Surgery for breast cancer can save your life. But if you’re like many women, you may not expect to be left with numbness. Find out how research may one day change that picture.
To treat breast cancer with surgery, you have two main options: mastectomy (complete removal of the breast) or lumpectomy (removal of only the part of the breast that has the cancer). How do you decide what is best for you?
Breast cancer doesn’t occur often in younger women. Of the more than 230,000 new cases of breast cancer expected to be diagnosed in the United States in 2015, only about 11 percent will involve women younger than 45. Young breast cancer patients have special concerns. Their cancers tend to be more advanced, more aggressive, more likely … Read More
There is a lot of misinformation floating around about breast cancer. It’s easy to be confused about this disease as our knowledge rapidly evolves. You might wonder how effective mammograms and monthly self-exams are in finding cancer early. Or you want to understand how breast density is related to cancer risk. Perhaps you are weighing … Read More
Cleveland Clinic is a non-profit academic medical center. Advertising on our site helps support our mission. We do not endorse non-Cleveland Clinic products or services. Policy
Thanks to improvements in chemotherapy — and new thinking about the order of treatment — surgeons can save more women’s breasts than ever before. “Traditionally, we’ve done surgery first, then treatments such as chemotherapy,” says Stephen Grobmyer, MD, Director of Breast Services at Cleveland Clinic. “But for certain patients, it makes sense to reverse the … Read More
Advancements in screenings allow for early detection of breast cancer. Add to this all the new treatment therapies available, and it improves the outlook for many breast cancer patients. As breast cancer patients fare better and live longer, it is more important than ever that their quality of life be high. How they feel about … Read More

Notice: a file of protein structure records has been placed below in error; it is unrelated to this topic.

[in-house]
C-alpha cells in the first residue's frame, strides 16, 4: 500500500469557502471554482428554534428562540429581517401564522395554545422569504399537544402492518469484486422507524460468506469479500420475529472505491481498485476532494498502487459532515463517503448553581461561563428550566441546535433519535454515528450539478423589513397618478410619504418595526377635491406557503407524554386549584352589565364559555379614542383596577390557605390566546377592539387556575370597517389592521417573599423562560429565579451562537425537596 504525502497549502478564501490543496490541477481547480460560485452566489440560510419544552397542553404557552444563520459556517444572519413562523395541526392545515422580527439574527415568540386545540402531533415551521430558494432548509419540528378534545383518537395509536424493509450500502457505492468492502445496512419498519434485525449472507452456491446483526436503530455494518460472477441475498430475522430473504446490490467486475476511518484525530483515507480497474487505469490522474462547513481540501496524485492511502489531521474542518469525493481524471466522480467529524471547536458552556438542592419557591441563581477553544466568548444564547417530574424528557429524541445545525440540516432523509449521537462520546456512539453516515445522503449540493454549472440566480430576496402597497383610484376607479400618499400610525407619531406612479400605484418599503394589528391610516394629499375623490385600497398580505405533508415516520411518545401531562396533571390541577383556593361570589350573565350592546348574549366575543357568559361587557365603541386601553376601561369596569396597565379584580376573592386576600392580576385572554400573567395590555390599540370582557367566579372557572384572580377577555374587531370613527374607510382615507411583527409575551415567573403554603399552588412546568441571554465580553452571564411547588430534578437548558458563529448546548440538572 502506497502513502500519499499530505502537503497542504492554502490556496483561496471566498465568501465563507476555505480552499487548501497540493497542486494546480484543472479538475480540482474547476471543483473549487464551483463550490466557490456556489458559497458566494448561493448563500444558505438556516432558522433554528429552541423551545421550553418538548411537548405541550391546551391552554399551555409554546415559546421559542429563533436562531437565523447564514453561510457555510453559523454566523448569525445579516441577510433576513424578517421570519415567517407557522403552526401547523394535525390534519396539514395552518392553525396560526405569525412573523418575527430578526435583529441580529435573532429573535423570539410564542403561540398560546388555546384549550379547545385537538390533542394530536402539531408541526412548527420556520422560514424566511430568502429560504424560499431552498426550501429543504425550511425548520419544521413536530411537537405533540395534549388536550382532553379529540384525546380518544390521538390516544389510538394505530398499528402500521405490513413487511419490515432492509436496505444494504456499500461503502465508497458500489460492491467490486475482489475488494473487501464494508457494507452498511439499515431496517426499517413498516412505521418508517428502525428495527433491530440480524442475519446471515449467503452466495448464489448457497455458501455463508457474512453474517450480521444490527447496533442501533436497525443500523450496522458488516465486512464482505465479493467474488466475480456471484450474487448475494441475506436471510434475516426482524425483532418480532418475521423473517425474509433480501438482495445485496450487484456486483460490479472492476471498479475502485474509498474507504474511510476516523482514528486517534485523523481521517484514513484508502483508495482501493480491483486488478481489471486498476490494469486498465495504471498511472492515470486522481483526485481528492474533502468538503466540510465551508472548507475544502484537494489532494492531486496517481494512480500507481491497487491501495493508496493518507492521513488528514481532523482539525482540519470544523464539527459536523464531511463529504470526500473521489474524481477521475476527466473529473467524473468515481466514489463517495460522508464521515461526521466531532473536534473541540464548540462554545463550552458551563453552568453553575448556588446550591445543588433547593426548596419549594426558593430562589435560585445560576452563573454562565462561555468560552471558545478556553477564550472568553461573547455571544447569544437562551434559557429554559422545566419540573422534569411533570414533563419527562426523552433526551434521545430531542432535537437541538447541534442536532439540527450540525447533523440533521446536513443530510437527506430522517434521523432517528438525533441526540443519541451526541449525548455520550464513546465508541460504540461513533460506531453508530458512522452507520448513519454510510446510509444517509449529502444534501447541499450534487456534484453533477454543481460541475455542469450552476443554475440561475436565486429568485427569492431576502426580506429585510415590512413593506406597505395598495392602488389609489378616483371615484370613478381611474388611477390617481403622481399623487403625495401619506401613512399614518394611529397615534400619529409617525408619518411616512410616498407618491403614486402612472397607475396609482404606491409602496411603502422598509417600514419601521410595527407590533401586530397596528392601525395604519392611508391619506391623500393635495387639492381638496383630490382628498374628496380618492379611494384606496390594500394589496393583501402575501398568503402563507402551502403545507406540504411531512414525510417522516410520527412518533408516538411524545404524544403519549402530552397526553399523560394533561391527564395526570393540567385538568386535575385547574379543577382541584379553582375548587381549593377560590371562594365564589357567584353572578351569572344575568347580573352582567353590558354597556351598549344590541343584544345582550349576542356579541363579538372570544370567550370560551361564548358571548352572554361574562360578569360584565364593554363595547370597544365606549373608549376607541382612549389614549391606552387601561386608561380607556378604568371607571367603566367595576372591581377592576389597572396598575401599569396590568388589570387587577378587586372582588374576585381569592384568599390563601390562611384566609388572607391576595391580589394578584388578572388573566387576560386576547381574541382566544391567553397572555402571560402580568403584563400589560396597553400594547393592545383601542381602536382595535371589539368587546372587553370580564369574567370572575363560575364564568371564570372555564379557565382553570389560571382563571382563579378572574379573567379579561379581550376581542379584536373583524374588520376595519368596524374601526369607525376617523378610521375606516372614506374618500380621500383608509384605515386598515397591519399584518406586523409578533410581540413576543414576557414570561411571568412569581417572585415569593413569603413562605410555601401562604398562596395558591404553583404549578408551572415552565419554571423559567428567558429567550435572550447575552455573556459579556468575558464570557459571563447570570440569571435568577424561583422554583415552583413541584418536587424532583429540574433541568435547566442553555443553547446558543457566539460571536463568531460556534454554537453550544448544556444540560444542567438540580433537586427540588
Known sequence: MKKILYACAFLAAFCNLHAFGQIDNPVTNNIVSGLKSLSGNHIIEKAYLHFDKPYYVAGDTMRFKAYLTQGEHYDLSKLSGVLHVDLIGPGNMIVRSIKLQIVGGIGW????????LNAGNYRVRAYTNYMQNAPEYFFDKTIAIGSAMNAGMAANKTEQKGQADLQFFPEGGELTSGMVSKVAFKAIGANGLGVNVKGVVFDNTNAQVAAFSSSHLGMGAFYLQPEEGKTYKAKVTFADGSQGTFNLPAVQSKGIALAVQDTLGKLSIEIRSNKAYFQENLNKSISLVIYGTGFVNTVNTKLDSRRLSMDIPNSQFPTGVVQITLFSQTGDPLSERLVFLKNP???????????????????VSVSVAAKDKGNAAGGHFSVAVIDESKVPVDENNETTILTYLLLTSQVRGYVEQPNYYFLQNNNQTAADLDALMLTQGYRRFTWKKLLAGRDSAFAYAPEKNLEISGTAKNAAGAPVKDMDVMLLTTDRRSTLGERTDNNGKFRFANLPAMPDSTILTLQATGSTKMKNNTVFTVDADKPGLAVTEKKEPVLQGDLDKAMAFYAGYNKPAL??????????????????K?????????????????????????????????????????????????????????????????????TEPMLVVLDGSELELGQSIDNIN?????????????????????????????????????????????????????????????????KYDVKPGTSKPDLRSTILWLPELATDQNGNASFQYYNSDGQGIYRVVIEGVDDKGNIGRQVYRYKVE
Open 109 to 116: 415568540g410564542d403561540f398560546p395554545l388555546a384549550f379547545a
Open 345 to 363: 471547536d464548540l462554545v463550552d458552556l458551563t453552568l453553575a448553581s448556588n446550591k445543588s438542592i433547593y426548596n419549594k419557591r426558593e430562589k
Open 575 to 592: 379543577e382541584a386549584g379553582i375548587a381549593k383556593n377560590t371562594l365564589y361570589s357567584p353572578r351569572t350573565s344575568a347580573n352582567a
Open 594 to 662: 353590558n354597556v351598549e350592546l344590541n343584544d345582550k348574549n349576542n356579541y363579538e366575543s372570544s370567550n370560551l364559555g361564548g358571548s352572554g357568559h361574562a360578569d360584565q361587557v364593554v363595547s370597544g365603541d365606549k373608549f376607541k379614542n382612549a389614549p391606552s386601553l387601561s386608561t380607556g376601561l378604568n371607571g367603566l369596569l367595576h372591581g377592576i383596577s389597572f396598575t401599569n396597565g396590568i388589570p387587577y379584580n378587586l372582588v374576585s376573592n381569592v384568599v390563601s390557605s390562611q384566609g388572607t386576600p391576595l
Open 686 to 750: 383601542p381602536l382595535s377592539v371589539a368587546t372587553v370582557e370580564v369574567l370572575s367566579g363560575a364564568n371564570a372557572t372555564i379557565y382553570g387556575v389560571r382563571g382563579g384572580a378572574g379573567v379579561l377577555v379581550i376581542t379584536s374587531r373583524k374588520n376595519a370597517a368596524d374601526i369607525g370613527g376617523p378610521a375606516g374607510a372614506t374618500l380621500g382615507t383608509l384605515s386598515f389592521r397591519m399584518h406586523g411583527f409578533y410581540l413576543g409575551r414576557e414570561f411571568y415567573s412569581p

What will happen to my breasts? That is one of many questions women face when they are diagnosed with breast cancer. Fortunately, women have better breast reconstruction options than ever before. In most cases, reconstruction can even begin at the same time as a mastectomy. “Often, just knowing that there are options helps women plan … Read More
When 24-year-old Allyn Rose announced in November 2012 that she would be undergoing a prophylactic double mastectomy, she sent shockwaves through the media. Why would a beauty queen — Miss District of Columbia in 2012 and a Miss America contestant in 2013 — decide to have both of her breasts removed? She shared her answer … Read More
When a woman decides to have her breasts removed to prevent cancer, the choice is never easy. But it can be the right choice — with the right information. When actress Angelina Jolie announced today in The New York Times that she had a prophylactic (preventive) double mastectomy, she brought new attention to this procedure. … Read More
For a woman facing a mastectomy, where breast tissue is removed to treat or prevent breast cancer, the emotional effects waking up from surgery can be devastating. Not only is her body drastically changed, she may face a number of reconstructive surgeries down the road. Today the new single-stage breast reconstruction can take away much … Read More